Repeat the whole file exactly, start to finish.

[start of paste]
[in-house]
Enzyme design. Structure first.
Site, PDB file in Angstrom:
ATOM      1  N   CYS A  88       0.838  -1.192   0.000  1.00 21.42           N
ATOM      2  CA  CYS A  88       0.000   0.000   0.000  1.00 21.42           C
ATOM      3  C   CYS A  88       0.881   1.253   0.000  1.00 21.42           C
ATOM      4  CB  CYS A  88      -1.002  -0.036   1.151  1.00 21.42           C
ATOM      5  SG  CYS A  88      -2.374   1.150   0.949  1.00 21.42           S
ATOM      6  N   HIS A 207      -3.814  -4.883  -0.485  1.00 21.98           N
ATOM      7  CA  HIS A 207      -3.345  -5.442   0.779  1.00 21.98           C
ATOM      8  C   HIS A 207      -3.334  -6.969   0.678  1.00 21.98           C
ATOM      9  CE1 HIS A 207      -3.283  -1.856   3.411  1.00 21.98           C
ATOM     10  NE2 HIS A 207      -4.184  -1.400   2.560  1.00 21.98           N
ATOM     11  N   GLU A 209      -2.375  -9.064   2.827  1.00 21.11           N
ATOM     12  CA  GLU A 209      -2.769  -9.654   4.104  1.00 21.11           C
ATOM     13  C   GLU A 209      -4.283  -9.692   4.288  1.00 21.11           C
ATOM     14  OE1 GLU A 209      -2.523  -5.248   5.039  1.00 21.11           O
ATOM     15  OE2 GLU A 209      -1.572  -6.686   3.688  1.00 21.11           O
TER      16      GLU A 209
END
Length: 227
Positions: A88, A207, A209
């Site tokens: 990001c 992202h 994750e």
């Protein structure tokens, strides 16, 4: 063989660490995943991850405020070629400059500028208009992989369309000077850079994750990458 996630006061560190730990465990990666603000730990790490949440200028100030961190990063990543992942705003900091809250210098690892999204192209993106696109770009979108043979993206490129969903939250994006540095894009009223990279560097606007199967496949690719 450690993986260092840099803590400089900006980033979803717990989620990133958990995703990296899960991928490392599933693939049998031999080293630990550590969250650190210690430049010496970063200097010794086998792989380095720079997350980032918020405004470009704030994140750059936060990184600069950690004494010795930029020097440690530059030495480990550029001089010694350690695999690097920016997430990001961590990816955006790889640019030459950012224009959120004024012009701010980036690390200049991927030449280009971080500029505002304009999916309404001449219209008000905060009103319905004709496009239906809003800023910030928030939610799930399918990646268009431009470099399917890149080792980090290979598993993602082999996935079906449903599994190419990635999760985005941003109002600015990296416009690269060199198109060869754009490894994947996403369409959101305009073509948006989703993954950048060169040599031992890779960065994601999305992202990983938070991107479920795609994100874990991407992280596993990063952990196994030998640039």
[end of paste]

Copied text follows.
[in-house]
Enzyme design. Structure first.
Site, PDB file in Angstrom:
ATOM      1  N   CYS A  88       0.838  -1.192   0.000  1.00 21.42           N
ATOM      2  CA  CYS A  88       0.000   0.000   0.000  1.00 21.42           C
ATOM      3  C   CYS A  88       0.881   1.253   0.000  1.00 21.42           C
ATOM      4  CB  CYS A  88      -1.002  -0.036   1.151  1.00 21.42           C
ATOM      5  SG  CYS A  88      -2.374   1.150   0.949  1.00 21.42           S
ATOM      6  N   HIS A 207      -3.814  -4.883  -0.485  1.00 21.98           N
ATOM      7  CA  HIS A 207      -3.345  -5.442   0.779  1.00 21.98           C
ATOM      8  C   HIS A 207      -3.334  -6.969   0.678  1.00 21.98           C
ATOM      9  CE1 HIS A 207      -3.283  -1.856   3.411  1.00 21.98           C
ATOM     10  NE2 HIS A 207      -4.184  -1.400   2.560  1.00 21.98           N
ATOM     11  N   GLU A 209      -2.375  -9.064   2.827  1.00 21.11           N
ATOM     12  CA  GLU A 209      -2.769  -9.654   4.104  1.00 21.11           C
ATOM     13  C   GLU A 209      -4.283  -9.692   4.288  1.00 21.11           C
ATOM     14  OE1 GLU A 209      -2.523  -5.248   5.039  1.00 21.11           O
ATOM     15  OE2 GLU A 209      -1.572  -6.686   3.688  1.00 21.11           O
TER      16      GLU A 209
END
Length: 227
Positions: A88, A207, A209
């Site tokens: 990001c 992202h 994750e």
């Protein structure tokens, strides 16, 4: 063989660490995943991850405020070629400059500028208009992989369309000077850079994750990458 996630006061560190730990465990990666603000730990790490949440200028100030961190990063990543992942705003900091809250210098690892999204192209993106696109770009979108043979993206490129969903939250994006540095894009009223990279560097606007199967496949690719 450690993986260092840099803590400089900006980033979803717990989620990133958990995703990296899960991928490392599933693939049998031999080293630990550590969250650190210690430049010496970063200097010794086998792989380095720079997350980032918020405004470009704030994140750059936060990184600069950690004494010795930029020097440690530059030495480990550029001089010694350690695999690097920016997430990001961590990816955006790889640019030459950012224009959120004024012009701010980036690390200049991927030449280009971080500029505002304009999916309404001449219209008000905060009103319905004709496009239906809003800023910030928030939610799930399918990646268009431009470099399917890149080792980090290979598993993602082999996935079906449903599994190419990635999760985005941003109002600015990296416009690269060199198109060869754009490894994947996403369409959101305009073509948006989703993954950048060169040599031992890779960065994601999305992202990983938070991107479920795609994100874990991407992280596993990063952990196994030998640039």